Government Crowdsourced Funding? Check Out What’s Going On In NYC
I’m gonna venture a guess that no one wakes up on tax day and is like, “Yes! My favorite day of the year!” Everyone is familiar with that sinking feeling of looking at their paycheck, calculating how much they made before Uncle Sam took his cut and sighing before pushing it back in their wallet.
In the abstract parts of our brains we know that the government tithe goes to pay for things like schools and roads and (sometimes) public transportation, but it can be hard to directly connect that cut to your paycheck with actual benefits.
And, of course, there’s always the fact that you’re probably not down with at least some of what the government is doing with your cash.
What if there was a way you could contribute directly to cool projects in your area, projects that may have asked the government for some of those tax dollars back before they were, you know, broke? What if there was a way to see exactly where your money was going and how it impacted your community?
Are parts of this hypothetical starting to sound familiar? They should be, because what I’m talking about is something those of us here in the startup world are super familiar with: crowdfunding. We’ve written previously about a crowdfunding platform in London called Spacehive, which is a privately run site aiming to fund cool community projects, but it seems that governments are starting to get hip to this new way to raise money with government crowdsourced funding.
In New York City, City Council Speaker Caroline Quinn and the NYC City Council launched a Kickstarter page of their own. The idea is to highlight projects in low-income communities with a goal toward improving civic life across the city. They want to pull in both big philanthropic donors and every day NYC residents.
Reason why this is cool, number 1:
You get to see where your money goes and, if you’re a New Yorker, you get to see the results right in your own city. This isn’t like paying taxes, where your money may go to a new community center but it also may go to buying flak jackets in Afghanistan. You never know, do you?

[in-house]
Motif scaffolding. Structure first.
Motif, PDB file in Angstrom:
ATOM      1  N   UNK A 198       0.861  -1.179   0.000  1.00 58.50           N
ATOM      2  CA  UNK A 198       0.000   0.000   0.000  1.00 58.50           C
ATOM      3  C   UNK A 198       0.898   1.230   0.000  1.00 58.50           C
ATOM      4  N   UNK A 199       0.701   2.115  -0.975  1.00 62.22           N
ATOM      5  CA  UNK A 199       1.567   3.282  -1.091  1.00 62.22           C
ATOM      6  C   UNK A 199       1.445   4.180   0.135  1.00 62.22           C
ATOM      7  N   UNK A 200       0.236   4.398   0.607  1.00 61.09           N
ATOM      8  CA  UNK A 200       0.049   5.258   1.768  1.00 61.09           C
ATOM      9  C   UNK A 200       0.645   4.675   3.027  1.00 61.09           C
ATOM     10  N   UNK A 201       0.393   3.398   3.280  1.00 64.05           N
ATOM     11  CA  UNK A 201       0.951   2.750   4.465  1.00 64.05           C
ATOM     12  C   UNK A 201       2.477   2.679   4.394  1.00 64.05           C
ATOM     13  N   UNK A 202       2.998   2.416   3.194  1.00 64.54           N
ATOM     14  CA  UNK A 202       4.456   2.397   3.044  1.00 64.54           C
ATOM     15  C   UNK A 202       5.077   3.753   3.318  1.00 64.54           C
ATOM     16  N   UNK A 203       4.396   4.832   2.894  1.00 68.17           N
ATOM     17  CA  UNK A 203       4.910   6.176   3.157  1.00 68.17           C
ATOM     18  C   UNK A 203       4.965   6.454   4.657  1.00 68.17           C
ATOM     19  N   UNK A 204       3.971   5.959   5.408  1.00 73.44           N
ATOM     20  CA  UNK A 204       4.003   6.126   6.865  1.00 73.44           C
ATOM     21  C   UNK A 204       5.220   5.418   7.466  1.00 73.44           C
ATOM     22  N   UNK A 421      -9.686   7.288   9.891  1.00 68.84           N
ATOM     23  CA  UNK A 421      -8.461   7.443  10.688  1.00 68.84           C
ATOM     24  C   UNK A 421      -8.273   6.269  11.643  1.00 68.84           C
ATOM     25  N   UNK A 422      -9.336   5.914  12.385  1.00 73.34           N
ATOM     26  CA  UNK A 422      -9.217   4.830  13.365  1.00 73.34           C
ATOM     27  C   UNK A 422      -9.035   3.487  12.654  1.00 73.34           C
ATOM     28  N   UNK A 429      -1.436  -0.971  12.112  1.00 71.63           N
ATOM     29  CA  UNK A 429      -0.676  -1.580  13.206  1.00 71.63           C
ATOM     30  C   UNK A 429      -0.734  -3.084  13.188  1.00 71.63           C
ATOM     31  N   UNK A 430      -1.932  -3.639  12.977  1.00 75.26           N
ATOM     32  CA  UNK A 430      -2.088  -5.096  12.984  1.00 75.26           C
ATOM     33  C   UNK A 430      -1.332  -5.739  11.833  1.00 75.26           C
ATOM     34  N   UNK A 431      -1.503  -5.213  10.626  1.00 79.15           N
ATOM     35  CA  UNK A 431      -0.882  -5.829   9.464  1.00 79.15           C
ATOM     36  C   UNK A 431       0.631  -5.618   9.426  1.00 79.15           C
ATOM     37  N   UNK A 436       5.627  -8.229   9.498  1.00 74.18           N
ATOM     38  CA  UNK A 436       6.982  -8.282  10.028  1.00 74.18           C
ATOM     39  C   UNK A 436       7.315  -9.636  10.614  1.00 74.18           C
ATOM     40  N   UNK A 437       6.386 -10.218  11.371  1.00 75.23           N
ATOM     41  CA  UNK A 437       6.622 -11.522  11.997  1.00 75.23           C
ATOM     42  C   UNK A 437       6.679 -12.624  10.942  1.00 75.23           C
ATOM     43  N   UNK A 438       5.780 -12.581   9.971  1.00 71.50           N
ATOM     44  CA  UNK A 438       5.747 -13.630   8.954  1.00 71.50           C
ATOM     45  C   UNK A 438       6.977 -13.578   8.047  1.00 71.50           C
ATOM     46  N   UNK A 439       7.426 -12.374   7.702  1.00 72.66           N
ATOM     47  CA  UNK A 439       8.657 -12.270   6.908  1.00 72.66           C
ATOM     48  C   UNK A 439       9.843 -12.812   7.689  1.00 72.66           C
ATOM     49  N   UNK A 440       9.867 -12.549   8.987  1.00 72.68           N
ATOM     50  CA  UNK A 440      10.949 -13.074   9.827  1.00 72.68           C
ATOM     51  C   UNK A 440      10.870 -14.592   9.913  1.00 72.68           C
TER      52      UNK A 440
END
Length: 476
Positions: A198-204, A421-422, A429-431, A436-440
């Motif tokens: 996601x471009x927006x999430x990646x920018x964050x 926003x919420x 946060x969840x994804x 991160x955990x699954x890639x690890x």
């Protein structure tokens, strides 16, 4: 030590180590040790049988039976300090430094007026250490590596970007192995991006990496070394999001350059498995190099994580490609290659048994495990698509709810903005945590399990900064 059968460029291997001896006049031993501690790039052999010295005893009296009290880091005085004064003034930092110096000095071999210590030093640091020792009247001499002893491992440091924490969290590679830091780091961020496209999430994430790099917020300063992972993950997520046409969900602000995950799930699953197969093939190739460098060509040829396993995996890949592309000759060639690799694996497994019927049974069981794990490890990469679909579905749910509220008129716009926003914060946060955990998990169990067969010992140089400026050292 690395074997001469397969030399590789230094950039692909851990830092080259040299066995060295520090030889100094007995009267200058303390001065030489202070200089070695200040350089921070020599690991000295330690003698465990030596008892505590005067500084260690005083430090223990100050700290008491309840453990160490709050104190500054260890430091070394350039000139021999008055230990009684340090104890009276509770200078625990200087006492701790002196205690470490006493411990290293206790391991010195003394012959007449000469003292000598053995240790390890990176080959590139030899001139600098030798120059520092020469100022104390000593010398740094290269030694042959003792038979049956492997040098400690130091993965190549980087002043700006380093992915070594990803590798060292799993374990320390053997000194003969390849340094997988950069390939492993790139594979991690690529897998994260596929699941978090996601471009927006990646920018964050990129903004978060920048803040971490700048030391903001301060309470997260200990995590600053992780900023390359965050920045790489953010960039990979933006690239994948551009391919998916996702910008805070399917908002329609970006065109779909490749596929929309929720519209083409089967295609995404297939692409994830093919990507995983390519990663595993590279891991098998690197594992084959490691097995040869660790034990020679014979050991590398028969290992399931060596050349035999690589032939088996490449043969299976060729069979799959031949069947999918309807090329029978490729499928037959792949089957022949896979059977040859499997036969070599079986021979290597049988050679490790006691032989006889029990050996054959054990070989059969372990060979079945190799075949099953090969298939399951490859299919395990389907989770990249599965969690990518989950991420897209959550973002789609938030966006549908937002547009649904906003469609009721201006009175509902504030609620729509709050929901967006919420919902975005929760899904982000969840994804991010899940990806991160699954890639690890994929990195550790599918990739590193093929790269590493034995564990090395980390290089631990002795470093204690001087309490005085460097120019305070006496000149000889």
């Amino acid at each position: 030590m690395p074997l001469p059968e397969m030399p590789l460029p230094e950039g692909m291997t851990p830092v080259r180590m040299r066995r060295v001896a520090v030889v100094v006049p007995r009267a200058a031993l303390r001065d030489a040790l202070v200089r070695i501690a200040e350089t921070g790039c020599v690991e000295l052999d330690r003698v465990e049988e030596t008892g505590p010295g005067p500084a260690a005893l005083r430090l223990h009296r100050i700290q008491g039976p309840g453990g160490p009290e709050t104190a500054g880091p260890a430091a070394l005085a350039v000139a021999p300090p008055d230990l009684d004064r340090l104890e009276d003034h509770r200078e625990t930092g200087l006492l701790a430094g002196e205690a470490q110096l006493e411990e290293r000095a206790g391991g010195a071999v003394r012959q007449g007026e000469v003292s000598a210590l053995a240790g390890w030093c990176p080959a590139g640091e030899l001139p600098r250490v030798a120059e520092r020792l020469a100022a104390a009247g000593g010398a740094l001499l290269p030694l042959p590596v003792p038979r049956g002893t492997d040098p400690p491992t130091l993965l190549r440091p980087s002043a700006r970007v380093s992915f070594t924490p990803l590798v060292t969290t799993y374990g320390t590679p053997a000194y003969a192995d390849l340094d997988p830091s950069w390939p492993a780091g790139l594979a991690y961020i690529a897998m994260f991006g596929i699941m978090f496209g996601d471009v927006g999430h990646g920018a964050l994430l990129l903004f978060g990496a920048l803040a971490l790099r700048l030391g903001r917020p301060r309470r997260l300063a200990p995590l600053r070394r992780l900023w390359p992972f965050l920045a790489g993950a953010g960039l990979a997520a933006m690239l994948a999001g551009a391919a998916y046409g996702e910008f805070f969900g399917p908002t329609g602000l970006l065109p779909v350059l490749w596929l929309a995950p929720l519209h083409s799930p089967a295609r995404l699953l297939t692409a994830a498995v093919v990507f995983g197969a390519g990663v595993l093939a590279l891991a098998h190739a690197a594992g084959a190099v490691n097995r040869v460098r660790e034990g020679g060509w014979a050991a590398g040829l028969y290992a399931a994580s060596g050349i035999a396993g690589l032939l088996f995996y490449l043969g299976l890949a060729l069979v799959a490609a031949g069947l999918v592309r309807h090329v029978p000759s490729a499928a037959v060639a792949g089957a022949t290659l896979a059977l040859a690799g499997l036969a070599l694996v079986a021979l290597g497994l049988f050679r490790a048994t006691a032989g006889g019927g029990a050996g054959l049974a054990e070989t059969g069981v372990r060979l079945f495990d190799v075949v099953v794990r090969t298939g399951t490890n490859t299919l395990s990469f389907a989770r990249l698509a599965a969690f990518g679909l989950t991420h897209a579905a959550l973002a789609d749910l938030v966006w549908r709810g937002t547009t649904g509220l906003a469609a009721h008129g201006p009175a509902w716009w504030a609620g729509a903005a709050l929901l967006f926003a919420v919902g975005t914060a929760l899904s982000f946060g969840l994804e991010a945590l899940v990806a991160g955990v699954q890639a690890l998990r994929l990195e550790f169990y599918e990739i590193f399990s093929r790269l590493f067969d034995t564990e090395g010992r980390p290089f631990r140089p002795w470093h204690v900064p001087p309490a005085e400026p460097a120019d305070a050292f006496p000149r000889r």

Reason why this is cool, number 2:
I don’t know if you heard, but the government is broke. Not like, eating Ramen noodles every night broke but definitely cutting out shopping trips and exotic vacations broke. Despite all the talk of “American Innovation,” the government can’t really afford to take risks on things that haven’t been proven yet.
The beauty of crowdfunding is that most individuals can afford to take a risk with five or ten dollars. While the city government may not be willing to drop more than $7,500 on a beat boxing program for blind kids in the Bronx or over $25,000 for an urban farm in Brownsville, both of those projects have already met their funding goals on Kickstarter.
Reason why this is cool, number 3:
Almost anyone can donate on Kickstarter because the donations are in small amounts. That means that the communities that are targeted by this campaign can contribute to the projects themselves, if they’re into it. “Neighborhood improvement” projects are often divorced from the reality of the neighborhoods they exist in, brought in by governments and NGOs, but this allows neighborhoods to vote with their dollars about what they do and don’t want around the corner.
This initiative does what crowdfunding does best: supports projects that may never see a dime otherwise and engages people who don’t normally get to decide where their money goes. If it’s successful in New York, who knows? Maybe we’ll see government crowdsourced funding gain traction and spread to communities around the world.